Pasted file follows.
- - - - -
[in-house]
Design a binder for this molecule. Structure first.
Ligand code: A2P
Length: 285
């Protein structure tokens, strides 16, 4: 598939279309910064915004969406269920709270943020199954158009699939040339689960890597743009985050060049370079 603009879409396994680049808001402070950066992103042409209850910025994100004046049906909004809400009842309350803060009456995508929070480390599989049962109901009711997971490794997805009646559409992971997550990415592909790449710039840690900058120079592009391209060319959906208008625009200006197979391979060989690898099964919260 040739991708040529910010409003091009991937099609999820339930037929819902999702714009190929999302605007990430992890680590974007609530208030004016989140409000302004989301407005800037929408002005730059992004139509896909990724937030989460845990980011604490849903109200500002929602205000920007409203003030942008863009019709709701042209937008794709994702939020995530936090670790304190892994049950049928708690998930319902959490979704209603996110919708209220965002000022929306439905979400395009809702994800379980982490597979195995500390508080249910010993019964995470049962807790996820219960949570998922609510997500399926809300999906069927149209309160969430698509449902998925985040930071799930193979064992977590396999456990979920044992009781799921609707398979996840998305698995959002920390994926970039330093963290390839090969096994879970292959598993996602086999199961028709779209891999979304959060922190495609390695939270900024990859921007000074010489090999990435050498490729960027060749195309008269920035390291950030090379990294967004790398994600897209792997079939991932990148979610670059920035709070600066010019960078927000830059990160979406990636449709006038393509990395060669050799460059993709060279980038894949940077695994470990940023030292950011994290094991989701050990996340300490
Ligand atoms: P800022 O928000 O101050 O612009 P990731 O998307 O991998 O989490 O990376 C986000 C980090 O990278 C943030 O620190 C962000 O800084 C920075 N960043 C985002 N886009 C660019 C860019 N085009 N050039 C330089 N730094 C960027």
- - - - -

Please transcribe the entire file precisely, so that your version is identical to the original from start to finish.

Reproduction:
[in-house]
Design a binder for this molecule. Structure first.
Ligand code: A2P
Length: 285
């Protein structure tokens, strides 16, 4: 598939279309910064915004969406269920709270943020199954158009699939040339689960890597743009985050060049370079 603009879409396994680049808001402070950066992103042409209850910025994100004046049906909004809400009842309350803060009456995508929070480390599989049962109901009711997971490794997805009646559409992971997550990415592909790449710039840690900058120079592009391209060319959906208008625009200006197979391979060989690898099964919260 040739991708040529910010409003091009991937099609999820339930037929819902999702714009190929999302605007990430992890680590974007609530208030004016989140409000302004989301407005800037929408002005730059992004139509896909990724937030989460845990980011604490849903109200500002929602205000920007409203003030942008863009019709709701042209937008794709994702939020995530936090670790304190892994049950049928708690998930319902959490979704209603996110919708209220965002000022929306439905979400395009809702994800379980982490597979195995500390508080249910010993019964995470049962807790996820219960949570998922609510997500399926809300999906069927149209309160969430698509449902998925985040930071799930193979064992977590396999456990979920044992009781799921609707398979996840998305698995959002920390994926970039330093963290390839090969096994879970292959598993996602086999199961028709779209891999979304959060922190495609390695939270900024990859921007000074010489090999990435050498490729960027060749195309008269920035390291950030090379990294967004790398994600897209792997079939991932990148979610670059920035709070600066010019960078927000830059990160979406990636449709006038393509990395060669050799460059993709060279980038894949940077695994470990940023030292950011994290094991989701050990996340300490
Ligand atoms: P800022 O928000 O101050 O612009 P990731 O998307 O991998 O989490 O990376 C986000 C980090 O990278 C943030 O620190 C962000 O800084 C920075 N960043 C985002 N886009 C660019 C860019 N085009 N050039 C330089 N730094 C960027």